We have heard so much about Amelia Earhart, but what really happened to her? Her plane and her remains were never found leading to different theories and speculations behind her disappearance.
A brief on her and her background:
According to her trainer, Neta Snook, one of the first female pilots, Amelia’s enthusiasm and her naturalness added to her inclination towards adventurism. Amelia’s first taste of flying was when she first flew at a California Air Show, paid $10 for the flight and this became her inspiration to study as a pilot. In 1923 she received her pilot’s licence, becoming the 16th certified pilot in the world and became an inspiration to many. In 1932, she became the first woman pilot to fly solo across the Atlantic.
But unfortunately, she was never found when attempting to fly around the world at the equator. In June 1937, flying west to east, Earhart made it about three-quarters of the way along her planned route of approximately 30,000 miles and landed at Lae, New Guinea. For the next and most dangerous leg, she would have to fly to the middle of the Pacific and land on tiny Howland Island, aided by her navigator, Fred Noonan. Once they left Lae, there were problems communicating with them by radio. As Earhart neared where she thought Howland Island should be, she reported her plane’s fuel was running low and that she couldn’t find the island. The last she was heard from in the air was on July 2, more than 20 hours after takeoff. She and Noonan never arrived at Howland Island, and the massive search effort was finally called off after more than two weeks of searching.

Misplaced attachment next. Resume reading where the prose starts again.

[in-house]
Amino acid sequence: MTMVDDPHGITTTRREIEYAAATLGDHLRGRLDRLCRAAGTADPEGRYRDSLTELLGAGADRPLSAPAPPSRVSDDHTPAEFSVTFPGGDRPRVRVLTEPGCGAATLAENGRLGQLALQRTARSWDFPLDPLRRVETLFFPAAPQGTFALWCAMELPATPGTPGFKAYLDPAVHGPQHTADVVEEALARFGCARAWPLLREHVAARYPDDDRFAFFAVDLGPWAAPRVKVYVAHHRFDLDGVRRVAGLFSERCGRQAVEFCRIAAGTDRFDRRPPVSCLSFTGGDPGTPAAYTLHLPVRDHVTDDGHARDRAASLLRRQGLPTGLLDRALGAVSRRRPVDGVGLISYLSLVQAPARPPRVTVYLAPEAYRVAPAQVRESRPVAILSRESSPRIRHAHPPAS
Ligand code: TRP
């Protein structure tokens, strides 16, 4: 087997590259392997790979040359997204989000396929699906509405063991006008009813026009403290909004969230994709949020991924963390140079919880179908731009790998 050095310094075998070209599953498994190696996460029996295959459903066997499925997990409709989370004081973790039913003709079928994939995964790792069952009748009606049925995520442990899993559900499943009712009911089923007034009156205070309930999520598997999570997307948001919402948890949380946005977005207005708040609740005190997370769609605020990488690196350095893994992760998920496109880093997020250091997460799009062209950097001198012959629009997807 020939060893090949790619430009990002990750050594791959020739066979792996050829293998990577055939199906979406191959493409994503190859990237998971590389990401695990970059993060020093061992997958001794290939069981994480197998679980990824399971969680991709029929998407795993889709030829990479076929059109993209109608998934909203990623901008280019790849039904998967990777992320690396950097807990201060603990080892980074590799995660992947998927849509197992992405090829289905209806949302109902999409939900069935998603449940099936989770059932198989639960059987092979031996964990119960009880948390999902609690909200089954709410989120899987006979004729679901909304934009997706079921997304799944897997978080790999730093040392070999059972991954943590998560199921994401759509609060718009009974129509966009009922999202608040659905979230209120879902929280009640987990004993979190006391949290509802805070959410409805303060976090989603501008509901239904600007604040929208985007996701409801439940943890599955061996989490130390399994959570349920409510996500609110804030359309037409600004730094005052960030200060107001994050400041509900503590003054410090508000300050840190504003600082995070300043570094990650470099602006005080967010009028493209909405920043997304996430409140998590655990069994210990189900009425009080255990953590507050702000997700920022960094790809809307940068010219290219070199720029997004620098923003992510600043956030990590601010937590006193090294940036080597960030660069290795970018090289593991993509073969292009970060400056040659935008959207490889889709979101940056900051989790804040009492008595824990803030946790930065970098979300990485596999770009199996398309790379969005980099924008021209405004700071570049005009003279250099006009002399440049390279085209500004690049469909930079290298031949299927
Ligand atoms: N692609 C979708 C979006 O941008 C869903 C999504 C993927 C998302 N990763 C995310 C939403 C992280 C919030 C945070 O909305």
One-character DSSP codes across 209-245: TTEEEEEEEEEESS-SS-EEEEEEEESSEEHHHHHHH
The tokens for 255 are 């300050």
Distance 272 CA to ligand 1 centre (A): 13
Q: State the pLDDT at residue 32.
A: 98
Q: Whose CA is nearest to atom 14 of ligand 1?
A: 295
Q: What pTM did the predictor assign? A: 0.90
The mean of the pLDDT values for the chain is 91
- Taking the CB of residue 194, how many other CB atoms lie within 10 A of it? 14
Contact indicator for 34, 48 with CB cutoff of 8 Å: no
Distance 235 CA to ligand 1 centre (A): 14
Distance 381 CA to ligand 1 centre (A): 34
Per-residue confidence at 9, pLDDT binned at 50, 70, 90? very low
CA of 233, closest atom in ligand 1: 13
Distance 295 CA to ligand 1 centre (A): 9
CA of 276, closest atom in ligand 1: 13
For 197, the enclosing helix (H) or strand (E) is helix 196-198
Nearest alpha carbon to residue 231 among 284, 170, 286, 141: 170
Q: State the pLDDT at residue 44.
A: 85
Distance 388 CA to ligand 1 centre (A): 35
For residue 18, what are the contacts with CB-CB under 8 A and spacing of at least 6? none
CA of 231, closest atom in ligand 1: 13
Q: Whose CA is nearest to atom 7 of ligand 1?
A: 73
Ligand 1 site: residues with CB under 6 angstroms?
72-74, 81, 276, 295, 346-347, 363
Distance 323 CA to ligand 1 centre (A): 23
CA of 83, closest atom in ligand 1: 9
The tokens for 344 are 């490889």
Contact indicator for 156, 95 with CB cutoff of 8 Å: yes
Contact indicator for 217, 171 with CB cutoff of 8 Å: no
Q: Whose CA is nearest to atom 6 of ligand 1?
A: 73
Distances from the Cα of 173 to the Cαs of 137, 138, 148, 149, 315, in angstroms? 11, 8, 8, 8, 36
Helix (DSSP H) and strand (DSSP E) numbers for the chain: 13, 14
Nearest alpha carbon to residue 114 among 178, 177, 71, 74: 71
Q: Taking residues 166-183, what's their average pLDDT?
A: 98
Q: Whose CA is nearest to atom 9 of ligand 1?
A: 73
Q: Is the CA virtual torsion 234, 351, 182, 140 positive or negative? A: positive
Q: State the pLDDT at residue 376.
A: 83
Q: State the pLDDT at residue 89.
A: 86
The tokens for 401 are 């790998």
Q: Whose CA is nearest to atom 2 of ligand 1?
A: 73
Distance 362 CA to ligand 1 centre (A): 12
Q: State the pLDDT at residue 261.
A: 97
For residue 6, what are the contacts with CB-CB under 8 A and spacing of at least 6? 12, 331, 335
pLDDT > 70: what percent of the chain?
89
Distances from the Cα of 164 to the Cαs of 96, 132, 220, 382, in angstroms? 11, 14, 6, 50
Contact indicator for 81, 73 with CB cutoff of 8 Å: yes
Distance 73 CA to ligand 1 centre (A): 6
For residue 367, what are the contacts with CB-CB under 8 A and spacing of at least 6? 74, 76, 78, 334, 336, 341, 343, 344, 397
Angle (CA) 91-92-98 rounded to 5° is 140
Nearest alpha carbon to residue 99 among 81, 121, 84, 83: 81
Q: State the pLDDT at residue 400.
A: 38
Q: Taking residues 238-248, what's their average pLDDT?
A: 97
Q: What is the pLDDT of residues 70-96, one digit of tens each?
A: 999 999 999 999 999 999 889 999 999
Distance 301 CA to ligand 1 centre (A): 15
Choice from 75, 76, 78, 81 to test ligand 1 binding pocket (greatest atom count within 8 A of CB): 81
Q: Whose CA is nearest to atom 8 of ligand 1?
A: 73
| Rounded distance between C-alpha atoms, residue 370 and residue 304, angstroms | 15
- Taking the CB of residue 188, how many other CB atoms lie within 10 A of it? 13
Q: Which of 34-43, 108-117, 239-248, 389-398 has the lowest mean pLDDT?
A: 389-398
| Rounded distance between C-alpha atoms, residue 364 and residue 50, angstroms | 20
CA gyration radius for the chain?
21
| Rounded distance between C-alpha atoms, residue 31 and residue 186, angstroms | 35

So what really happened to her. No one knows! And it is unlikely we will ever find the answer to her disappearance. Her tragic end has led to speculations for decades about what actually happened to her. Some blame Japan, some say that she was on a spy mission for President Roosevelt, some say the plane simply ran out of fuel and that she could have landed on a reef in the middle of nowhere, where it was virtually impossible to survive. No solid proof of her or her plane has ever been found. Earhart still remains to date an inspiration for women in the world.
As TIME once put it “Earhart vanished into Legend”